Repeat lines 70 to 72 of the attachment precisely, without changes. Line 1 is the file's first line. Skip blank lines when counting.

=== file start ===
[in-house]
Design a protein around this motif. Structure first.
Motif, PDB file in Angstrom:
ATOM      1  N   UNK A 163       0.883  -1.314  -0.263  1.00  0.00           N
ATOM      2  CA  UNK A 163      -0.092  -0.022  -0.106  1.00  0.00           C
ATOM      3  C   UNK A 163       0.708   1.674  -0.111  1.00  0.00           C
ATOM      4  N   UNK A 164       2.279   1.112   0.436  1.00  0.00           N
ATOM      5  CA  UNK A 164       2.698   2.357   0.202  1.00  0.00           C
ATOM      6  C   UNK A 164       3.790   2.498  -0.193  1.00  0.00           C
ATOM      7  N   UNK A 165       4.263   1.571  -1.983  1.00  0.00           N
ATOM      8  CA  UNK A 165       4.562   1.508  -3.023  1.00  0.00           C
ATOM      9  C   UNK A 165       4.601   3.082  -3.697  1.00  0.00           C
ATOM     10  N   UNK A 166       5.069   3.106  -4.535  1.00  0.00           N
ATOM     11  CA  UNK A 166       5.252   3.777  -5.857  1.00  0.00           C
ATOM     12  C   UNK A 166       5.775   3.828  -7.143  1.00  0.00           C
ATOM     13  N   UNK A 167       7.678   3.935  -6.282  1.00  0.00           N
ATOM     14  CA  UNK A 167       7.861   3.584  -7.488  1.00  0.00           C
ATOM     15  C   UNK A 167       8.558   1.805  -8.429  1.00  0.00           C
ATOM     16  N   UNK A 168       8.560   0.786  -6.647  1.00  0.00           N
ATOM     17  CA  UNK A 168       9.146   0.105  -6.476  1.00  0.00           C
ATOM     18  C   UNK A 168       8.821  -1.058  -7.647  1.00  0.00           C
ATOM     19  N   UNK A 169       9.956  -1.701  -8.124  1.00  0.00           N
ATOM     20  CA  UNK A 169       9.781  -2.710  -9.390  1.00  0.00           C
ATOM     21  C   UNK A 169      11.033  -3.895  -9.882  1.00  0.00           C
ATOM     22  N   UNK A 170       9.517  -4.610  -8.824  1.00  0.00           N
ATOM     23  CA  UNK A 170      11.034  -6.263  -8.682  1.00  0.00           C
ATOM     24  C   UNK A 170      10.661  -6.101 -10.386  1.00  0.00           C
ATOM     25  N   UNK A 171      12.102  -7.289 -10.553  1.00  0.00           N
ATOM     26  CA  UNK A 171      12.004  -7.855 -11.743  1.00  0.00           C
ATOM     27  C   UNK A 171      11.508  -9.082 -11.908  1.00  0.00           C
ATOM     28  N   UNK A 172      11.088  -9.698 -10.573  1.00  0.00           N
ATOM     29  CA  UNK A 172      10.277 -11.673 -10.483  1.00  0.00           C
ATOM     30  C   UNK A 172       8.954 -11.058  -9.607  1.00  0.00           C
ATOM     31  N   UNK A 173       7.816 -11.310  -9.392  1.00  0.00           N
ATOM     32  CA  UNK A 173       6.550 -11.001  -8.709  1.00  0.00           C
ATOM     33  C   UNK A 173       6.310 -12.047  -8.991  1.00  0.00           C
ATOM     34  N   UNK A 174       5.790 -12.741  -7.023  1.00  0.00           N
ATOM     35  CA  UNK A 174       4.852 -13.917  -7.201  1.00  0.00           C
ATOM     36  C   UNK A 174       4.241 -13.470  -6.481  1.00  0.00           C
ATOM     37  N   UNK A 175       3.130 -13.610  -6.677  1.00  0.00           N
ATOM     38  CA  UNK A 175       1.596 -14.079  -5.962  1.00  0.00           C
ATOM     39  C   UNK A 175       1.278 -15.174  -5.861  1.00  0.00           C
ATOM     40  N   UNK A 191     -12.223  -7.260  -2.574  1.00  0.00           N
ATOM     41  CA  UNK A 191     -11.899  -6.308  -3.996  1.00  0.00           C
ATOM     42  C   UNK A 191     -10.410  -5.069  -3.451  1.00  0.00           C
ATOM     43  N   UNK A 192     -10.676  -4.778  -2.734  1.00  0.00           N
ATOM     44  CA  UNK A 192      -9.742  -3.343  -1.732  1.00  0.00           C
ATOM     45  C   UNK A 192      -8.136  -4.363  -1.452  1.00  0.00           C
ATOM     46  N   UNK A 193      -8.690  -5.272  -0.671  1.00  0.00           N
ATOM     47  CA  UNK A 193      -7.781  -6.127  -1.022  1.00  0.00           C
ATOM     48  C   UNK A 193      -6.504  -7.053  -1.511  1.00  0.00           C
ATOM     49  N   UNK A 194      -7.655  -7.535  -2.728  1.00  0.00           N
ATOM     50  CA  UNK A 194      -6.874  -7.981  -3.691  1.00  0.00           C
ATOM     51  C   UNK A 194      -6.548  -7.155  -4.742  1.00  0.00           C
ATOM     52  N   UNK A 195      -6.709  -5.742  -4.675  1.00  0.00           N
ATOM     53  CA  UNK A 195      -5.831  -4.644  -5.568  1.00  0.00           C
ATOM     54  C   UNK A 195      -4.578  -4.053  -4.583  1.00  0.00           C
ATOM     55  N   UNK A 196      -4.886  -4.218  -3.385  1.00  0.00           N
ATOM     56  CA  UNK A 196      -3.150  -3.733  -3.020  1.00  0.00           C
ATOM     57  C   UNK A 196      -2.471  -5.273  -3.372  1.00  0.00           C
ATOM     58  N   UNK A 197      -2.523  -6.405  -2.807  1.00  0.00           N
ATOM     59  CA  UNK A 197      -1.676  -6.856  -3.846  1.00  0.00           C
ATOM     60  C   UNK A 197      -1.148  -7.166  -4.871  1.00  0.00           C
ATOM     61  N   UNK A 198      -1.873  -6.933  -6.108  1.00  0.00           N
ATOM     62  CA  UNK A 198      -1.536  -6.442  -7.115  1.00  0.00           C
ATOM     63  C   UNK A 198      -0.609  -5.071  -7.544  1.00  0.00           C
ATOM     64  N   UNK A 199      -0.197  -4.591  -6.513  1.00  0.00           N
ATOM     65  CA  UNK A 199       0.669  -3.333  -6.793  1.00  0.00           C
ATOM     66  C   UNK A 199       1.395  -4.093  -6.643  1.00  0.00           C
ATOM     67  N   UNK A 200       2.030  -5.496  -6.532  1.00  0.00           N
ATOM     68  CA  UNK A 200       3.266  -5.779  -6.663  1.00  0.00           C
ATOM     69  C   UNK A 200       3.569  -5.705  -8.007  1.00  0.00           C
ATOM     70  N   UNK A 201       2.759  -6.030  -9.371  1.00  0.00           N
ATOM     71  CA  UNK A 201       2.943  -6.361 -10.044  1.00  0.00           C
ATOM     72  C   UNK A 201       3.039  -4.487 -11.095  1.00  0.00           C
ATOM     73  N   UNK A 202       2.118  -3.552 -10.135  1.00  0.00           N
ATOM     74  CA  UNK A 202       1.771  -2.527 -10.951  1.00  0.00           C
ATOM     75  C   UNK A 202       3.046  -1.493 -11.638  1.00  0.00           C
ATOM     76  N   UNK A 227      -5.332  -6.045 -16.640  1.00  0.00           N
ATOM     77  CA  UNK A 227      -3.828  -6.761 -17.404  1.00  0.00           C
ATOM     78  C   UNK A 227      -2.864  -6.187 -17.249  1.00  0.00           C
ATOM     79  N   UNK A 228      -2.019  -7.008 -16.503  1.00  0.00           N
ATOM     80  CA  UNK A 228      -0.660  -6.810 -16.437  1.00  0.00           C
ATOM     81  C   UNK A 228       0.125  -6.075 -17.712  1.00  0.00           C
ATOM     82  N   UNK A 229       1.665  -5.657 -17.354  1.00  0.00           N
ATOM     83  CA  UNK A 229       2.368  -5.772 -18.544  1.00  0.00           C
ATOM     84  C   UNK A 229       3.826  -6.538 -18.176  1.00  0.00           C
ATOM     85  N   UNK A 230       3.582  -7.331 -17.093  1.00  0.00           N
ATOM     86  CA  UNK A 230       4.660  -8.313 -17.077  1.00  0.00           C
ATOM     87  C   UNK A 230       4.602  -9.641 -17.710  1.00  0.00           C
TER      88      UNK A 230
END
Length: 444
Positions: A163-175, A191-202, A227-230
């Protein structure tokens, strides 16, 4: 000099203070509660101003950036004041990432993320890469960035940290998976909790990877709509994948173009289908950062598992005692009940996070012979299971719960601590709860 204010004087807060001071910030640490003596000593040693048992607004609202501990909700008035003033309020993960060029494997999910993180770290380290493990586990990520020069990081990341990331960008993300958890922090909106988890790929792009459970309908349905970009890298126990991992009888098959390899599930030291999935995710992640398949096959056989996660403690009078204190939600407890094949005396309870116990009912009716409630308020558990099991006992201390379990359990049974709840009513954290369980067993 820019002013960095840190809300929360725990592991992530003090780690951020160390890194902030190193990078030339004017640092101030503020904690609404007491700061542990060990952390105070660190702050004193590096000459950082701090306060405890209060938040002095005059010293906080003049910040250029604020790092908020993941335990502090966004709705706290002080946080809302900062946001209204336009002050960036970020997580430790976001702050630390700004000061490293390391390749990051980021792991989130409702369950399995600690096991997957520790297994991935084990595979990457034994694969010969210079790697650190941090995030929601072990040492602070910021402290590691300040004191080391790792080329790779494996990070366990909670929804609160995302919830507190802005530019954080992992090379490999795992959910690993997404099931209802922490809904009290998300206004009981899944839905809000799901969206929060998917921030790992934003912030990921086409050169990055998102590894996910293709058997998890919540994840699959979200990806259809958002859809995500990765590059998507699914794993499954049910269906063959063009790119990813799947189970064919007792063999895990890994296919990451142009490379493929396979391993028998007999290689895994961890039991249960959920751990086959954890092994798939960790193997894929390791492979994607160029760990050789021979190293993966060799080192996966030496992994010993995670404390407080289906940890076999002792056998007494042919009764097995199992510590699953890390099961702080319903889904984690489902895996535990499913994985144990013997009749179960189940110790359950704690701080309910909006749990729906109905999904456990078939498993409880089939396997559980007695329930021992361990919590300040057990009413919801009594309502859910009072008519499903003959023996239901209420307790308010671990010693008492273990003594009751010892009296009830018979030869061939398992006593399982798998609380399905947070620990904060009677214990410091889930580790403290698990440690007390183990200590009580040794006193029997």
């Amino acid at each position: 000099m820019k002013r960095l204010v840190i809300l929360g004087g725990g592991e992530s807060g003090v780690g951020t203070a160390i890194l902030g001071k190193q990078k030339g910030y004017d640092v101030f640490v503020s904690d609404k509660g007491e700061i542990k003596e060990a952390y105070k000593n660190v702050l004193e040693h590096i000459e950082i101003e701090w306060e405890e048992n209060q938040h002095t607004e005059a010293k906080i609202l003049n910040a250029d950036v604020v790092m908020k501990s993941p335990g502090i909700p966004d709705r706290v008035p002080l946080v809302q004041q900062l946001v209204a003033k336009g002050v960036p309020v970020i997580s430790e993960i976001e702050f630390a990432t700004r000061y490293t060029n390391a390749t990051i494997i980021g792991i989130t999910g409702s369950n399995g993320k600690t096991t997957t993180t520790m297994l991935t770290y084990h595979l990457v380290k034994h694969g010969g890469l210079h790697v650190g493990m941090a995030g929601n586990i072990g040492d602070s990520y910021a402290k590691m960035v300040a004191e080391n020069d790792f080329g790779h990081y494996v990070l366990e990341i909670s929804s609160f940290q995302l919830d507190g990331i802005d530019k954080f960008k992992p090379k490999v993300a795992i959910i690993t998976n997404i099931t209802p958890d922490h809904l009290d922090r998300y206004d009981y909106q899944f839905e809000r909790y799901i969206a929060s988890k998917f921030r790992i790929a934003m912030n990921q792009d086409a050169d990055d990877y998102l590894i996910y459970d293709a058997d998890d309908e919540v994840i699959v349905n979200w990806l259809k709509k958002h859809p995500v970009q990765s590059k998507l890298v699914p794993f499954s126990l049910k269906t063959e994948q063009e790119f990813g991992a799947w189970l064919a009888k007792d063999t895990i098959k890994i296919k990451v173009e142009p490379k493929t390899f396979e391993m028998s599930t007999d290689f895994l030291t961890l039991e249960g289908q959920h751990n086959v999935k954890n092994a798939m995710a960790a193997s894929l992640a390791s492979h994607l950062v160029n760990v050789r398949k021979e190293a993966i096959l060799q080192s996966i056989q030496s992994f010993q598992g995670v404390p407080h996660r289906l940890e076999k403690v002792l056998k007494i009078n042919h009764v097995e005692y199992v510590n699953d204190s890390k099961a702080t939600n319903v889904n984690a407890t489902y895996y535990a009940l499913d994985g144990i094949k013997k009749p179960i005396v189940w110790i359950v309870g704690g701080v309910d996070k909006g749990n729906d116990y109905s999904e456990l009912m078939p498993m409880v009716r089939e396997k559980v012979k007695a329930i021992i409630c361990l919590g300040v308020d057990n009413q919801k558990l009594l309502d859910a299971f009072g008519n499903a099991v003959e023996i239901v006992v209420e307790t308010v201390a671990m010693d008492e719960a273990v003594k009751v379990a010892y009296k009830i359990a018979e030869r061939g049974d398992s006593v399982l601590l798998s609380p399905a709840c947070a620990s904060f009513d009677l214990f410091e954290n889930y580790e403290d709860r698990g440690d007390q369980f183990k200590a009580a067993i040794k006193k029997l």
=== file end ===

ATOM     67  N   UNK A 200       2.030  -5.496  -6.532  1.00  0.00           N
ATOM     68  CA  UNK A 200       3.266  -5.779  -6.663  1.00  0.00           C
ATOM     69  C   UNK A 200       3.569  -5.705  -8.007  1.00  0.00           C